John Pryors in Georgia: Sifting Through The Men Who were in GA Before 1800

While going through Revolutionary War Pryor men I dug into looking at the John Pryors in Georgia. How many were there? Were any of them the same man? What I ended up with were 4 John Pryor (or John Priors) who were in Georgia before 1800. I’ve created timelines for each man and some long-winded answers to how we know it’s the same man. I’m using their death dates to ID each Pryor. Let’s go…

1. John Prior, d. 1790

  • 1781 Slave Sale – Isaac Wells purchased slave from John Prior. This event places John Prior in Savannah during the Revolutionary War.
  • 1782 marriage between John Pryor and Delphia Dillard in Middlesex county, VA. The transcript of the marriage states they were from King and Queen county, VA.
  • 9 May 1790 Delphia “Pryor” appointed as the administrator of John “Prior” estate in Chatham county, GA.
  • 1793 “Mrs. Pryor” recorded on Chatham county tax list.
  • 1798 Mrs. Delphia Wilson appointed administrator of David Wilson estate in Chatham County, GA. The estate identifies her as “Mrs.”
  • 1803 Delphia Wilson, John Prior, and William McNatt were sued in Chatham county for money owed to Bud Davis.
  • 1806 Judgement against Delphia Wilson for $52 and John Pryor for $47 by A. S. (or A.L.) Richards. A Mrs. Delphia Wilson married Thomas Parting on 13 February 1806 in Chatham county. Both of the Partings were named on 1806 lawsuits in Chatham county. Thomas Parting had land that went into foreclosure in Baldwin County and a letter for Delphia Parting was held at the post office in Milledgeville (Baldwin County) in 1818.
  • John Pryor is possibly the same man who married Delphia Dillard in Middlesex county, VA in 1782. If it is, then he was traveling between Virginia and Georgia (the slave sale in GA in 1781, his marriage in VA in 1782, and estate in GA in 1790).
  • Both the 1803 and 1806 lawsuits named defendant John Pryor, however they do not refer to him as “deceased” or the “estate of John Pryor,” so there is a high probability that John Pryor is different than the man who was deceased in 1790— perhaps a son?– and another John Pryor to add to this list!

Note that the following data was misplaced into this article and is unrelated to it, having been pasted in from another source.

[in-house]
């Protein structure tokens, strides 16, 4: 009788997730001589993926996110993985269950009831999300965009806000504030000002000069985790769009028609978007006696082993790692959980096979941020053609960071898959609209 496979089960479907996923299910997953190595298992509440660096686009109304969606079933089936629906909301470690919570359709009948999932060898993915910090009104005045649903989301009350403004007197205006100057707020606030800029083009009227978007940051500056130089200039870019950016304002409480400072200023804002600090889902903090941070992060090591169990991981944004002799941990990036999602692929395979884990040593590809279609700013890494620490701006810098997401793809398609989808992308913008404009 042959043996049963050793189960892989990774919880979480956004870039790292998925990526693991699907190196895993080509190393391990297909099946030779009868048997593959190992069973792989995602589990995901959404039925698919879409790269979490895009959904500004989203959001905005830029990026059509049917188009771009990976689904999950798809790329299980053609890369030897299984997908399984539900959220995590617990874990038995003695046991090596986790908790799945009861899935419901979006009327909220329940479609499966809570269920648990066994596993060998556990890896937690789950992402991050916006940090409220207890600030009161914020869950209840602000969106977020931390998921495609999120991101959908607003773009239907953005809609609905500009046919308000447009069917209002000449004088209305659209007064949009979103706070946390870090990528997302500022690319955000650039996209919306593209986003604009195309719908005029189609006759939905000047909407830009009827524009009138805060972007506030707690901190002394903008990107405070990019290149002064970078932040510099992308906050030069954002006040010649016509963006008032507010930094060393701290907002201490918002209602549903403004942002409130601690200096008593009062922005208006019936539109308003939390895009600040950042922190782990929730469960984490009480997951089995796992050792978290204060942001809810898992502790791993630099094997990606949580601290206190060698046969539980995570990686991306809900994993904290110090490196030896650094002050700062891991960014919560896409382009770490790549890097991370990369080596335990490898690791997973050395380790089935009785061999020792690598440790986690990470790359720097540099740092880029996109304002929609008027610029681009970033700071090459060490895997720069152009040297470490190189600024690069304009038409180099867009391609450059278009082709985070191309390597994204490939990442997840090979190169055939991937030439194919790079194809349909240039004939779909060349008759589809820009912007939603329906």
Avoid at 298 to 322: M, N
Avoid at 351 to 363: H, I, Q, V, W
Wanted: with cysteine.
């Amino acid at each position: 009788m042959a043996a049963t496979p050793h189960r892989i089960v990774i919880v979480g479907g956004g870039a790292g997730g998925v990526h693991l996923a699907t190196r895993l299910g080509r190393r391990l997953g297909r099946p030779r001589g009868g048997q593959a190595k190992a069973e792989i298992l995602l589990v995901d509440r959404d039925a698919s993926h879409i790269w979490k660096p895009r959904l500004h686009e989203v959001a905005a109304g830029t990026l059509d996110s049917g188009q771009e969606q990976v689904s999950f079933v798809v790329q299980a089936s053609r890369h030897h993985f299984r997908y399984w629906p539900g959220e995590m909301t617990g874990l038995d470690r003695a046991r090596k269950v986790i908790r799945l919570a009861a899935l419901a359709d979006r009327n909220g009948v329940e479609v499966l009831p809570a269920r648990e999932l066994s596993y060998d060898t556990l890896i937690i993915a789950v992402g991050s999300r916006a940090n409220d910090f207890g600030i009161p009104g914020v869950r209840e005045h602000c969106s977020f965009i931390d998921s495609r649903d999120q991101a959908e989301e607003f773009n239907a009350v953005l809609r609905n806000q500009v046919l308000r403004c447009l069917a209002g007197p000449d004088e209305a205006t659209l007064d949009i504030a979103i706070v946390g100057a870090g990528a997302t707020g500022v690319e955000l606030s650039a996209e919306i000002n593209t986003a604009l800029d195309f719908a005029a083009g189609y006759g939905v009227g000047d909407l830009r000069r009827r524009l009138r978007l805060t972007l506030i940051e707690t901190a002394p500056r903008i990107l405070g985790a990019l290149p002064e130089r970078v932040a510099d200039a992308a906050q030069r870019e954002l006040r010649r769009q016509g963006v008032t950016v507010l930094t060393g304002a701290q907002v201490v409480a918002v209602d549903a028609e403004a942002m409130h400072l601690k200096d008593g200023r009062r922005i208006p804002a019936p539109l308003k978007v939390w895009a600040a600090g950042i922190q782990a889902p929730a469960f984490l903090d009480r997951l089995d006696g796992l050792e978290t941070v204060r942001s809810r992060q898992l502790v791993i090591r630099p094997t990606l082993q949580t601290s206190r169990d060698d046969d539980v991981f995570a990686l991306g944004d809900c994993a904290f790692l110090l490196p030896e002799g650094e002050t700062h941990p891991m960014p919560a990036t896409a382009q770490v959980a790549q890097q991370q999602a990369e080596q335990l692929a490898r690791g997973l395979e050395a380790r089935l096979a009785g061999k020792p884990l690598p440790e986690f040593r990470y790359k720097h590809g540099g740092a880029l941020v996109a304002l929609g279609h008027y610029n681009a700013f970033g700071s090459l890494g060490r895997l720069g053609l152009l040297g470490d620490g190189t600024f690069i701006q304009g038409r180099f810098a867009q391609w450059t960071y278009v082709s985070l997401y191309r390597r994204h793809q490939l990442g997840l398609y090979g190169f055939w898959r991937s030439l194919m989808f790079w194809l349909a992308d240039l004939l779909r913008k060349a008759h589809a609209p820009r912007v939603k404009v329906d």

Delphia Pryor signature
Delphia Wilson signature
The Georgia Gazette, February 09, 1798

Delphia may be easier to track than her husband John Pryor. I located a notice of a sale conducted by Marlow Pryor — he was the jailor and justice of the peace for Baldwin county and his name appears in numerous newspaper notices, however here he’s acting on behalf of Richard Wilson, curiously the surname of one of Delphia’s husbands. It names a deceased Mrs. Partin. And the notice is filed in Milledgeville in Baldwin county where we know Delphia and Thomas Parting were located. So yet another question… was John Pryor related to Marlow Pryor?

The Georgia Journal. December 22 1818.

2. John Pryor, died in 1823

  • See post on this John Pryor
  • 1775-1781 he served in the 8th and 12th Virginia Regiments during the Revolutionary War. He is counted as Jacob Pryor on regimental rolls. Wikipedia refers to the 8th regiment as the “German Regiment” formed in the northwestern counties: Berkeley, Culpeper, Dunmore, Fincastle, Frederick, and Hampshire Counties, plus the District of West Augusta.
  • 1795 he arrived he in Georgia. Pension application states he lived in Charleston, SC before arriving in GA. He had lived in GA 25 years.
  • 1820 applied for Revolutionary War pension. At the time he was a resident of Burke county, GA.
  • 1823 his death recorded in pension file.
  • Additional documentation in pension file stated part of his application was filed in Savannah.
  • Is he the second John Pryor who was named in a 1803 lawsuit with Delphia Pryor Wilson in Chatham County, GA?

3. John Pryor, died in 1848

This John Pryor’s estate helps to identify him so that’s where I’m starting.

  • He signed his will in 1842. His estate was recorded in probate in 1848 in Pike county, GA. It names his children. It alludes to his wife being alive at the time the will was signed but does not name her. Seven children can be derived from his will: Wilson Coats married to daughter Susan Pryor who had taken care of John and his wife, heirs of daughter Elizabeth Miles (first wife of Joshua Miles), daughter Nancy Weldon, sons William Pryor and John Pryor, son in law Matthew Coggin (who was married to Martha Pryor), and son in law John Coats (who was married to Lydia Pryor).
War of 1812 Pension Application for Joshua Miles (first wife Elizabeth Pryor)
  • It’s possible that John Pryor was born in Georgia. John Pryor’s daughter Susan Pryor Coats lived to 1894. Her parents’ places of birth were recorded as Georgia on the 1880 Census. There seems to be an awareness of the census taker–at least he wasn’t putting dittos down the page because her husband’s father was recorded as born in Virginia rather than Georgia.
  • The John Pryor who was recorded on the 1830 Census in Pike County, GA was born in 1761-1770, making him 72 to 81 years old when he signed his will in 1842.
  • I think he’s on page 126 of the 1840 Census in Pike County (Ancestry has him indexed as John Gior).Both he and the woman in the household were 60 to 69 years old. UGH! Why can’t ages stay the same from on census to the next. The 1840 census would have him born 1771-1780.